Impact of Intravascular Ultrasound Guidance on Outcomes of Xience Prime Stents in Long Lesions - IVUS-XPL


The goal of the trial was to evaluate intravascular ultrasound (IVUS)-guided versus angiography-guided percutaneous coronary intervention (PCI) among patients undergoing drug-eluting stent implantation for long coronary lesions.

Contribution to the Literature: The IVUS-XPL trial showed that IVUS-guided PCI was superior at reducing major adverse cardiac events.

Study Design

  • Randomized
  • Parallel

Patients undergoing drug-eluting stent implantation for long coronary lesions were randomized to IVUS-guided PCI (n = 700) versus angiography-guided PCI (n = 700). By factorial design, patients were also randomized to 6 months of dual antiplatelet therapy (DAPT) (n = 699) versus 12 months of DAPT (n = 701).

  • Total number of enrollees: 1,400
  • Duration of follow-up: 1 year
  • Mean patient age: 64 years
  • Percentage female: 31%
  • Percentage diabetics: 36%

Other salient features/characteristics:

  • Stable angina: 51%
  • Unstable angina: 35%
  • Acute myocardial infarction (MI): 14%

Inclusion criteria:

  • Patients with chest pain or evidence of myocardial ischemia undergoing PCI for long coronary lesions (≥28 mm)

Principal Findings:

The primary outcome (for IVUS-PCI vs. angio-PCI study) of cardiac death, MI, or target lesion revascularization occurred in 2.9% of the IVUS-guided PCI group vs. 5.8% of the angiography-guided PCI group (p = 0.007).

The primary outcome (for 6-month DAPT vs. 12-month DAPT study) of cardiac death, MI, stroke, or major bleeding occurred in 2.2% of the 6-month DAPT group vs. 2.1% of the 12-month DAPT group (p = 0.85).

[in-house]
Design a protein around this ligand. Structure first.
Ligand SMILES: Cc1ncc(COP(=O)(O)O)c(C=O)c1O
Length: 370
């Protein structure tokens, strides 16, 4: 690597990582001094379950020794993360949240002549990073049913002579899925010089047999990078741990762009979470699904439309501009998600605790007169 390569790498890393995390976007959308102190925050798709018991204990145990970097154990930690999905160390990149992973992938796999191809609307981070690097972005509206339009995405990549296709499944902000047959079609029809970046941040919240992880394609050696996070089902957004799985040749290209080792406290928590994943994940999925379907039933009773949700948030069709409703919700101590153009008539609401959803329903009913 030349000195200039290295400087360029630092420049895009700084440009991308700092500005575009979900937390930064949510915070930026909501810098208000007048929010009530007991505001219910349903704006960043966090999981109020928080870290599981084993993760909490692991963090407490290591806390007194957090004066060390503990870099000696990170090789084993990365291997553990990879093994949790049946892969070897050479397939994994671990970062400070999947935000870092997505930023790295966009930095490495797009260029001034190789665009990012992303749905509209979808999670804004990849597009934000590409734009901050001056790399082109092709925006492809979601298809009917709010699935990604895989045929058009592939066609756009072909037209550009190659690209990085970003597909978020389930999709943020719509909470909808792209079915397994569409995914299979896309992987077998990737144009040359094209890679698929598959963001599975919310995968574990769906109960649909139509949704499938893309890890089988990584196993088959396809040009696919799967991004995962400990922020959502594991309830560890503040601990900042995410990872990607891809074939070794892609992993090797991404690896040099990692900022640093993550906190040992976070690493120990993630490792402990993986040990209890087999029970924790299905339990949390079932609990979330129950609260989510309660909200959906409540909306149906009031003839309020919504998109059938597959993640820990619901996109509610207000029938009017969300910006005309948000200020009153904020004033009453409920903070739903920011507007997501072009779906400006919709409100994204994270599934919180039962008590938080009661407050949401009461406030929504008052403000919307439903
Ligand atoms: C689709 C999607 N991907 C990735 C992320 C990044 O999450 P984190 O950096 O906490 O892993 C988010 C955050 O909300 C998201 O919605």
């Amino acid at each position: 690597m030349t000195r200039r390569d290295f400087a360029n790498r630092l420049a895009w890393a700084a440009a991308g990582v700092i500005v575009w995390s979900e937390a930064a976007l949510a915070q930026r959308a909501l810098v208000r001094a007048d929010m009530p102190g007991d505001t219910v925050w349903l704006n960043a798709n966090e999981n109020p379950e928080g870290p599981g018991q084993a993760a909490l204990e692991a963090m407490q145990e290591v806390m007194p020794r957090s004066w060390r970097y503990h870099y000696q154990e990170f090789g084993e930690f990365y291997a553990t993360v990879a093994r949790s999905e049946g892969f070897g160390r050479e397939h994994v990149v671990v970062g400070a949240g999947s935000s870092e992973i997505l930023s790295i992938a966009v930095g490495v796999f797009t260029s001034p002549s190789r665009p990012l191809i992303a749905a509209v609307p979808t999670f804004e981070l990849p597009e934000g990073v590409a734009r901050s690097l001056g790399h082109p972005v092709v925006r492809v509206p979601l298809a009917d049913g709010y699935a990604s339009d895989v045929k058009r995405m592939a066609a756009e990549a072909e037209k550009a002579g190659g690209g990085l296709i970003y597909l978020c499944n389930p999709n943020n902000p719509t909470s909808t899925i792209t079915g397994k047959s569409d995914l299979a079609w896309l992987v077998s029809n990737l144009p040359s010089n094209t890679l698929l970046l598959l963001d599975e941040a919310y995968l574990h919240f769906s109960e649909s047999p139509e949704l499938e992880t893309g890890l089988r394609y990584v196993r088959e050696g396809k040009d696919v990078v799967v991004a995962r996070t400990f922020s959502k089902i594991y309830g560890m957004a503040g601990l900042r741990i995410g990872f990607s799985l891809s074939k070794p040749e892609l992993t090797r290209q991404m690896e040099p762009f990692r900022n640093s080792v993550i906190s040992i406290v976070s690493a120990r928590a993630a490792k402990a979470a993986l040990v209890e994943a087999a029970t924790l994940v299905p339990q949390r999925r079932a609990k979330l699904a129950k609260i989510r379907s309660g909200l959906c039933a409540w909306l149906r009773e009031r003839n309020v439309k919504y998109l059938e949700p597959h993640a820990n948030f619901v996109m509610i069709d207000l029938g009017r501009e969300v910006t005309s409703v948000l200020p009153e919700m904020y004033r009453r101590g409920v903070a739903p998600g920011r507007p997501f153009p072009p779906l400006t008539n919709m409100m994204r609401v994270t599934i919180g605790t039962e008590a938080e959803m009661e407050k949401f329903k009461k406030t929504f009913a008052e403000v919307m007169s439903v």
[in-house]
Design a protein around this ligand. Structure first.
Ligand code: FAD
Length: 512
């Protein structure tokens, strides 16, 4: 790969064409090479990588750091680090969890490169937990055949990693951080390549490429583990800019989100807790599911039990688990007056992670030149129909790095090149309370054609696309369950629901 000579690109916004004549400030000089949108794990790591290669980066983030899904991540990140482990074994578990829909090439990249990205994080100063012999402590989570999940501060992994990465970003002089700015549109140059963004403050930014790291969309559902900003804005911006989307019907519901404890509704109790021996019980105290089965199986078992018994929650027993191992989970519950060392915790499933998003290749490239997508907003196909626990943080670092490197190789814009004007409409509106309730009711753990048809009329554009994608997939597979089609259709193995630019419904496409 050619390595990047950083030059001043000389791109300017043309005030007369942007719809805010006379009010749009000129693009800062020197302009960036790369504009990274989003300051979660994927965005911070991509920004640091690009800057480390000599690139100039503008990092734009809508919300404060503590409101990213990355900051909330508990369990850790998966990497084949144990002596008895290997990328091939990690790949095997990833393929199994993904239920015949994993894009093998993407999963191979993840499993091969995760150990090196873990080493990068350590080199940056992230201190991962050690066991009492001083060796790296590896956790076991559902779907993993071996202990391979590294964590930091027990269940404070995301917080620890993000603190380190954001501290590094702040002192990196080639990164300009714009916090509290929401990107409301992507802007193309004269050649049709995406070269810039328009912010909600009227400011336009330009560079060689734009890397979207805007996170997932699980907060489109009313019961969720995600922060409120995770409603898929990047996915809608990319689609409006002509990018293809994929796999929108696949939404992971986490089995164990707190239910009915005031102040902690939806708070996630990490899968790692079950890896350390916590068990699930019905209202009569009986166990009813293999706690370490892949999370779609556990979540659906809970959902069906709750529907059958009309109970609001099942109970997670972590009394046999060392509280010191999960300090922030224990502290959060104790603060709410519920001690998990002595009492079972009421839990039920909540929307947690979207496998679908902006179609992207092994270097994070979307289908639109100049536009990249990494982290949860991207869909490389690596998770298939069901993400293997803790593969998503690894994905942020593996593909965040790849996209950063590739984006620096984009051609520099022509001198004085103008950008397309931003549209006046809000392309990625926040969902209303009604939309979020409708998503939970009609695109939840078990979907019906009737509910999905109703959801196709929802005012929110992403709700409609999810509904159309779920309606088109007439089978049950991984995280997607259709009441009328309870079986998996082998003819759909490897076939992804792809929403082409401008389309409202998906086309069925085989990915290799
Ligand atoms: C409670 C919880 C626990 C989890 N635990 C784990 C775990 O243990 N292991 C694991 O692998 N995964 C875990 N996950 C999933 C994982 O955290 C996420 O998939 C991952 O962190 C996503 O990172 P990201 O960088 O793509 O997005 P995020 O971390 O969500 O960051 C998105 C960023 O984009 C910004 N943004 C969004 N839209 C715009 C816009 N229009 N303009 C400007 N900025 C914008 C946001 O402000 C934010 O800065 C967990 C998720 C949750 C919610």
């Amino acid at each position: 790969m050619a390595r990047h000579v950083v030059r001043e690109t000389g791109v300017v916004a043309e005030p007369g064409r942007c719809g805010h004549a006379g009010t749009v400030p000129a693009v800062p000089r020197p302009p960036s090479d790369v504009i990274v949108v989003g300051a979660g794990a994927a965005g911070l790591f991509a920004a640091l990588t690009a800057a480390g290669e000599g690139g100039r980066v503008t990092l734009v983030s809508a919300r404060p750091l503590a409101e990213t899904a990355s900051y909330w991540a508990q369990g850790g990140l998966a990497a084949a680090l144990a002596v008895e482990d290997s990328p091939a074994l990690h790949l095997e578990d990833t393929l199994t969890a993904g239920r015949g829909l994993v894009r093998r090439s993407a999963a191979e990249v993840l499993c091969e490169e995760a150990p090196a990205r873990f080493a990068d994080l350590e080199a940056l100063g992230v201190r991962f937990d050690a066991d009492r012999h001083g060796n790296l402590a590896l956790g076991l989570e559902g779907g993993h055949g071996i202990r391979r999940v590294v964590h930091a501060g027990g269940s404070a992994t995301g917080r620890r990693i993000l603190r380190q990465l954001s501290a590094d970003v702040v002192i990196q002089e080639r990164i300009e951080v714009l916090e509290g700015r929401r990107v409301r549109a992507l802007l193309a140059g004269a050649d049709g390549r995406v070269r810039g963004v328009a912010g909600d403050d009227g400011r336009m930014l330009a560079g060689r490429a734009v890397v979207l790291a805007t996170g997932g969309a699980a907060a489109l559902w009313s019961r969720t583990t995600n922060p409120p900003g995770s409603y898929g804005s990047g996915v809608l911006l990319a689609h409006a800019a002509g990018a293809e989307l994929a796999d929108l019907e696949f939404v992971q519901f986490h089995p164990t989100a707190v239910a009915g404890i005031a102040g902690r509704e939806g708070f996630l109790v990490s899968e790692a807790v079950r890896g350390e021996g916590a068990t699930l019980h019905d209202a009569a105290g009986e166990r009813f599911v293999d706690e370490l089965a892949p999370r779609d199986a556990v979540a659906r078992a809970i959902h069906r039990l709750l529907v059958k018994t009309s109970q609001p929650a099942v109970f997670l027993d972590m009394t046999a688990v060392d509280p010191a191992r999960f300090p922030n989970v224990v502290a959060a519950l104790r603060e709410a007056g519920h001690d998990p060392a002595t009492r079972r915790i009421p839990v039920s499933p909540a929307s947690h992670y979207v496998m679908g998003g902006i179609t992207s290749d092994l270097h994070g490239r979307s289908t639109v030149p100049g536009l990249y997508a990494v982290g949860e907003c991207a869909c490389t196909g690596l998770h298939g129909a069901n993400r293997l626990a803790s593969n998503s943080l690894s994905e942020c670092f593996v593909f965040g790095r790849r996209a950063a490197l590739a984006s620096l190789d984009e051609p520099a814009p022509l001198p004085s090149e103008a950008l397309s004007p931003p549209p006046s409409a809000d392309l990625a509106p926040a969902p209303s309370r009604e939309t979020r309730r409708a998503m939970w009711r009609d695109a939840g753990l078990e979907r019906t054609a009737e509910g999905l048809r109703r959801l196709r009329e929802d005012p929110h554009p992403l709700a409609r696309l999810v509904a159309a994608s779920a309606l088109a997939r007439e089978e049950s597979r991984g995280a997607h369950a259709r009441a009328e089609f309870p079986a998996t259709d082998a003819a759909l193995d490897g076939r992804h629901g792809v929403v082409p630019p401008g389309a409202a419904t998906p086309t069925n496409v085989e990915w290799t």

Secondary outcomes for IVUS-PCI vs. angio-PCI study:

  • Cardiac death: 0.4% with IVUS-guided PCI vs. 0.7% with angiography-guided PCI
  • MI: 0% with IVUS-guided PCI vs. 0.1% with angiography-guided PCI
  • Target lesion revascularization: 2.5% with IVUS-guided PCI vs. 5.0% with angiography-guided PCI (p = 0.02)
  • Definite/probable stent thrombosis: 0.3% with IVUS-guided PCI vs. 0.3% with angiography-guided PCI

Secondary outcomes for 6-month DAPT vs. 12-month DAPT study:

  • Stent thrombosis: 0.3% with 6-month DAPT vs. 0.3% with 12-month DAPT
  • Major bleeding: 0.7% with 6-month DAPT vs. 1.0% with 12-month DAPT


Among individuals undergoing PCI for long coronary lesions (the majority with stable angina), IVUS-guided PCI was superior at reducing adverse cardiac events compared with angiography-guided PCI. This benefit was due to a reduction in target lesion revascularization with the use of IVUS. Randomized trial data supporting the routine use of IVUS during PCI are limited. Observational studies have suggested a reduction in stent thrombosis with the use of IVUS. While this study did not support a reduction in stent thrombosis, IVUS did reduce future revascularization procedures. Outcomes were similar with 6 months of DAPT compared with 12 months of DAPT.


Hong SJ, Shin DH, Kim JS, et al. 6-month versus 12-month dual-antiplatelet therapy following long everolimus-eluting stent implantation: the IVUS-XPL randomized clinical trial. JACC Cardiovasc Interv 2016;May 17:[Epub ahead of print].

Hong SJ, Kim BK, Shin DH, et al., on behalf of the IVUS-XPL Investigators. Effect of Intravascular Ultrasound–Guided vs Angiography-Guided Everolimus-Eluting Stent Implantation: The IVUS-XPL Randomized Clinical Trial. JAMA 2015;314:2155-63.

Presented by Dr. Myeong-Ki Hong at the American Heart Association Scientific Sessions, Orlando, FL, November 10, 2015.

Clinical Topics: Invasive Cardiovascular Angiography and Intervention, Noninvasive Imaging, Stable Ischemic Heart Disease, Interventions and Imaging, Angiography, Echocardiography/Ultrasound, Nuclear Imaging, Chronic Angina

Keywords: Angina Pectoris, Angina, Stable, Angina, Unstable, Angiography, Coronary Restenosis, Drug-Eluting Stents, Myocardial Infarction, Percutaneous Coronary Intervention, Sirolimus, Stents, Thrombosis, Ultrasonography, Interventional, AHA Annual Scientific Sessions

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